It should be observed, that in the ten years from 1771 to 1780, there was in France such an increase of the annual births, deaths, and marriages (produced by the excess of the births above the deaths), as evidently proved that the number of inhabitants had increased in those ten years near a million and a half.
It should be farther considered, that the returns of births, deaths, and marriages in France, being returns of numbers actually counted and registered, they must be (as such accounts always are) in some degree deficient. Mr. Neckar, in his Treatise on the Administration of the Finances of France (Vol. I. p. 251) has mentioned other deficiencies in these returns; and, particularly, that (except the Jews of Lorrain, Alsace, and the county of Metz) the registers of population do not contain the names of any non-catholicks (in number near two millions), except they have been baptized in the established church.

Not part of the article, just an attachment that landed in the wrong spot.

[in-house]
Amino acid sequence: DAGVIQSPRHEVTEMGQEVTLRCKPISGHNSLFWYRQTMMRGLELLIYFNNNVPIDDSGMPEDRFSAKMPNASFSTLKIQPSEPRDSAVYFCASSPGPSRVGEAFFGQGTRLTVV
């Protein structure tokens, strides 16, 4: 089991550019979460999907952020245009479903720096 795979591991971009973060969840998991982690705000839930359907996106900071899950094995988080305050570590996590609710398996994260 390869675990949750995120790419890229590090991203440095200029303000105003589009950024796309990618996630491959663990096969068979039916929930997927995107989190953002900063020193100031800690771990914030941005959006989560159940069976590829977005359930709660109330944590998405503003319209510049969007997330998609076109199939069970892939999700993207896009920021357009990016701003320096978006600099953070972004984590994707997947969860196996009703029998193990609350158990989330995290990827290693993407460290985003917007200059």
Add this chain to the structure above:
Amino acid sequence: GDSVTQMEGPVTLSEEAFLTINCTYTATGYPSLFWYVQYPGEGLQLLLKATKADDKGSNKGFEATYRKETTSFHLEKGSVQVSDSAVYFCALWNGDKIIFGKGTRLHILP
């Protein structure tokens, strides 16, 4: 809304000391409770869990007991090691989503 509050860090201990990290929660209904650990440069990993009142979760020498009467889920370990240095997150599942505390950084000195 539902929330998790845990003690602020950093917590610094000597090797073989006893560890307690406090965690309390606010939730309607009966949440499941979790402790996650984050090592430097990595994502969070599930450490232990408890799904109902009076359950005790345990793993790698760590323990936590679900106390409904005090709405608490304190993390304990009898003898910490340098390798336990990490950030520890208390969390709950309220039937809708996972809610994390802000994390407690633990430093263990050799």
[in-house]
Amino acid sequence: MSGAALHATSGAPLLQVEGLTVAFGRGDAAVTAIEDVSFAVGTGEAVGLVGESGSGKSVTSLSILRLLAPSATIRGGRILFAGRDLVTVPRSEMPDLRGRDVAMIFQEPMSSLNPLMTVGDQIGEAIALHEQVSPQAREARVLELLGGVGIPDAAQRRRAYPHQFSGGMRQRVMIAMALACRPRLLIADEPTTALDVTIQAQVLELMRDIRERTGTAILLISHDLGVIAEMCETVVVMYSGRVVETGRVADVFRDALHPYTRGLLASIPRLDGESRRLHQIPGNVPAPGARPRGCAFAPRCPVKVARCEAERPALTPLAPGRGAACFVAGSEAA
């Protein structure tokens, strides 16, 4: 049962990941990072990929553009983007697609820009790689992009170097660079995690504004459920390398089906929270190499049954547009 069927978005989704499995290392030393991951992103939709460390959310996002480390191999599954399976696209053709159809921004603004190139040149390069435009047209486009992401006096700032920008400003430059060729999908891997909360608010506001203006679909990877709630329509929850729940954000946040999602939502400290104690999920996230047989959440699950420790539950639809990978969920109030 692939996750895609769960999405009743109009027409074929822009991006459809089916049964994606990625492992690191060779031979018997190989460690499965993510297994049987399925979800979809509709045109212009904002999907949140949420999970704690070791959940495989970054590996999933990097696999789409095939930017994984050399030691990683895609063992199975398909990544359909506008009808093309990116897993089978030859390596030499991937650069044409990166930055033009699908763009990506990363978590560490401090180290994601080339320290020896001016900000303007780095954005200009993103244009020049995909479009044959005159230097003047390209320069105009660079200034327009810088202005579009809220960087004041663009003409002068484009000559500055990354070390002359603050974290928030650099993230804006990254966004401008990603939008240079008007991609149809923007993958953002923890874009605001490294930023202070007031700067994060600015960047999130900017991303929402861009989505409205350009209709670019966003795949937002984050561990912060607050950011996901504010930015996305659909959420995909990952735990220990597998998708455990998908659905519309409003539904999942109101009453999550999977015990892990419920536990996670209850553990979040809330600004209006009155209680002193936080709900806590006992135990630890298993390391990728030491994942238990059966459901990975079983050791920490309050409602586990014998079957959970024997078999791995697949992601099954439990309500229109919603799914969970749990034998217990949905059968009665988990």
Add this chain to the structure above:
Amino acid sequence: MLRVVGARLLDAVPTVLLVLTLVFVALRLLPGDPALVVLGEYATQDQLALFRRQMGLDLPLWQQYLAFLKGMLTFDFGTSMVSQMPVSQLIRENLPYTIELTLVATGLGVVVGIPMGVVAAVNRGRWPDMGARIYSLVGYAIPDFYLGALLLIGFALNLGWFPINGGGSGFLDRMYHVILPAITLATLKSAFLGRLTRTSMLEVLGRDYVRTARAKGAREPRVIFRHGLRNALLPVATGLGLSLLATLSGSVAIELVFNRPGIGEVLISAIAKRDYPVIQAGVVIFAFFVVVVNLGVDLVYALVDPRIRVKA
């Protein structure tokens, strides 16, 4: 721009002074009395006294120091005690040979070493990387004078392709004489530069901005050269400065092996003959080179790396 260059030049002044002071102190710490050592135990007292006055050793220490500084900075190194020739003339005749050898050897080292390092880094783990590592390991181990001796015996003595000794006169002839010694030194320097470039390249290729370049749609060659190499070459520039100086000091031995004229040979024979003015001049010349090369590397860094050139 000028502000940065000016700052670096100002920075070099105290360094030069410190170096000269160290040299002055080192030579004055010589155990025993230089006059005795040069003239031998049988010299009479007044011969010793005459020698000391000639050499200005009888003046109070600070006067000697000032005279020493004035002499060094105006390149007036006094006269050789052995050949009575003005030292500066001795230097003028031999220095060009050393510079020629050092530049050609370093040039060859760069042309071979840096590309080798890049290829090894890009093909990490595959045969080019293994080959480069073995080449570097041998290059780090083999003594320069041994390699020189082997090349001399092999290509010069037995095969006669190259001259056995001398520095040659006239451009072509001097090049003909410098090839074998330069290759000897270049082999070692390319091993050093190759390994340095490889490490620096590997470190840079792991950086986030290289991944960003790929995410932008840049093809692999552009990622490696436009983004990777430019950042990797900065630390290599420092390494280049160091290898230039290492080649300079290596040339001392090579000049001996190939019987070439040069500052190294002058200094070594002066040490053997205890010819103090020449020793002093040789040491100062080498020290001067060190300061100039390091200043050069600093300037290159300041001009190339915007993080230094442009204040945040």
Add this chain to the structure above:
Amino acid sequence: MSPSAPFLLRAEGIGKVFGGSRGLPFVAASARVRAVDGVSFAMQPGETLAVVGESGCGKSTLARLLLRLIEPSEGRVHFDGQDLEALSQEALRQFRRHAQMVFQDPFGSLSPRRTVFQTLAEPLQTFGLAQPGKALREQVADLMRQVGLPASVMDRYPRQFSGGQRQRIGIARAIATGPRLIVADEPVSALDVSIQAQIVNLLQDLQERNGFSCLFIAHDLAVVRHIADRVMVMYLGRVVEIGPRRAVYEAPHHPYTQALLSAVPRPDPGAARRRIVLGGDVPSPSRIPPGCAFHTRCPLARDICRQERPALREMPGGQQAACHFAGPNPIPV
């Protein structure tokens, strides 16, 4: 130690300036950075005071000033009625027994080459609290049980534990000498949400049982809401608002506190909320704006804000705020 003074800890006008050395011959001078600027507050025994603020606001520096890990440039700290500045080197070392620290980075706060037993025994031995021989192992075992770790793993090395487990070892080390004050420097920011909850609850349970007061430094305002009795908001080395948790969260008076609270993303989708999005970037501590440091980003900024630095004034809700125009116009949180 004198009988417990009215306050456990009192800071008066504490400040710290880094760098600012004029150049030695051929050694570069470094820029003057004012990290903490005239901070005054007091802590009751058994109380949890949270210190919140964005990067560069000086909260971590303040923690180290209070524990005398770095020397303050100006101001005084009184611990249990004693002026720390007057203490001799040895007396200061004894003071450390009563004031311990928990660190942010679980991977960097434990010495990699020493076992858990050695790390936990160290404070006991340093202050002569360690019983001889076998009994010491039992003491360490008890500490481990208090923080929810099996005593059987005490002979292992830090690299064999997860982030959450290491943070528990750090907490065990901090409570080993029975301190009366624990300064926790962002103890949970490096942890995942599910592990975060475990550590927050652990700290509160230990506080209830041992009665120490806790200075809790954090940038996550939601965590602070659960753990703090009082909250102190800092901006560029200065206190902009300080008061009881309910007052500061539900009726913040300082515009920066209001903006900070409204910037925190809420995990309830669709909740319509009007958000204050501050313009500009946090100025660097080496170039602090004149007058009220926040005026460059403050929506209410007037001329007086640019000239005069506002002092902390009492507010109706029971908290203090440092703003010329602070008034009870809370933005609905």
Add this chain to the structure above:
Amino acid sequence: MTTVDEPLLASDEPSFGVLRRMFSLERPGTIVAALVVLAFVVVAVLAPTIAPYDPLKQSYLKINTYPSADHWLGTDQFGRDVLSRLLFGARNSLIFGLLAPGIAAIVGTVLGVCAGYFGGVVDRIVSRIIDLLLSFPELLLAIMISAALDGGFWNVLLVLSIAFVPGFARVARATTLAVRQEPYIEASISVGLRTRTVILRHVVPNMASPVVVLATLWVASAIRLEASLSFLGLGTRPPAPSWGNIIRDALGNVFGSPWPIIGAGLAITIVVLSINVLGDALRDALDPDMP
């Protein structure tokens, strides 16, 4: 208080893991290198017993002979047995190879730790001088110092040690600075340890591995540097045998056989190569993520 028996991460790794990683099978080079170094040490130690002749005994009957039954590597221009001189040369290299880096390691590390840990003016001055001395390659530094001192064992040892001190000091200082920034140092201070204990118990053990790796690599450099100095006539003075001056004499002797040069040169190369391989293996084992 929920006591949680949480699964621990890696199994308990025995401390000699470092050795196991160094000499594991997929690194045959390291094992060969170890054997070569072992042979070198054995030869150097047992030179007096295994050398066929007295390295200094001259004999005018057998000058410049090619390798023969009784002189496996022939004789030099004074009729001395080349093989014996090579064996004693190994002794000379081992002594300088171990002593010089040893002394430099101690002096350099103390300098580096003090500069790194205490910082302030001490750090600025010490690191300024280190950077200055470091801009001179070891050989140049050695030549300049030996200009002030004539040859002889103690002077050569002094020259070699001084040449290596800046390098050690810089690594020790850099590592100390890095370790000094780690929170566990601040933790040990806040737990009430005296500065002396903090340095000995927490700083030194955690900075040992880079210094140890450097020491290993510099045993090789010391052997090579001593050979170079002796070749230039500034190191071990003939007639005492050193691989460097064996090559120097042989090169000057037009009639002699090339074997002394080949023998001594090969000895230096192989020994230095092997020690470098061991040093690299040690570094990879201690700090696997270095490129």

It seems, therefore, that my statement of the present inhabitants of France at thirty millions, is very moderate: an addition of two millions on account of an increase since 1780, and the deficiencies just mentioned, would make them 31 millions. Mr. Neckar (ibid. p. 219), without making any allowance for this increase, and for deficiencies, states them in 1784 at only 24,802,580, in consequence of multiplying the births by 25¾. But I reckon that in whole kingdoms the proportion of births to the number of inhabitants much more variable than the proportion of deaths; possibly, he was not acquainted with the facts here stated, and many others of the same kind which may be found in the Treatise on Annuities to which I have referred, and which prove that the lowest multiplier of the annual medium of deaths which should be used to find the number of inhabitants in a whole kingdom, is 32 or 33. In Sweden and the kingdom of Naples it appears to be greater; but, if we suppose 33 the right multiplier, the inhabitants of France must have been in 1780, 27½ millions; and the increase since, with the deficiencies in the returns, will make it highly probable that, even on this supposition, they must be now near 30 millions.